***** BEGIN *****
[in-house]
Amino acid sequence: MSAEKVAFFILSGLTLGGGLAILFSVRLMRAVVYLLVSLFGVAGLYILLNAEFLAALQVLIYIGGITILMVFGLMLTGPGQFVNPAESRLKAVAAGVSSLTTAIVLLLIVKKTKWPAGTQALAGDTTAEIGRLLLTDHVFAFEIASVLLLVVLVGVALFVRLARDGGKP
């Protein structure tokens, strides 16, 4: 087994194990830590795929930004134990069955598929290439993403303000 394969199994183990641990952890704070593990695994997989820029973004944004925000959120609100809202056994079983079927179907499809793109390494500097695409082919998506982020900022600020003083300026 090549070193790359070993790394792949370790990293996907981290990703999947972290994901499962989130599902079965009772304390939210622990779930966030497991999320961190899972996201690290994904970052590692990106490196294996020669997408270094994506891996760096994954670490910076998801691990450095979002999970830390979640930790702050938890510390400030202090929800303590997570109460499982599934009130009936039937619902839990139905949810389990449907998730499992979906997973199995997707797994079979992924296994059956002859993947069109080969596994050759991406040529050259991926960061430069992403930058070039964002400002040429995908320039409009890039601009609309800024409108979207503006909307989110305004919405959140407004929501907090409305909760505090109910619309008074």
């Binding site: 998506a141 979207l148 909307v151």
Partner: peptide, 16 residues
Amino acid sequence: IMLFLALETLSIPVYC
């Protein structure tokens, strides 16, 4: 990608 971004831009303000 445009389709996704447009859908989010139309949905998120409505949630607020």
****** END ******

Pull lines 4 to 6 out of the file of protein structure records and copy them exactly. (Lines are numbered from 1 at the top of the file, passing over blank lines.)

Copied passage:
């Binding site: 998506a141 979207l148 909307v151």
Partner: peptide, 16 residues
Amino acid sequence: IMLFLALETLSIPVYC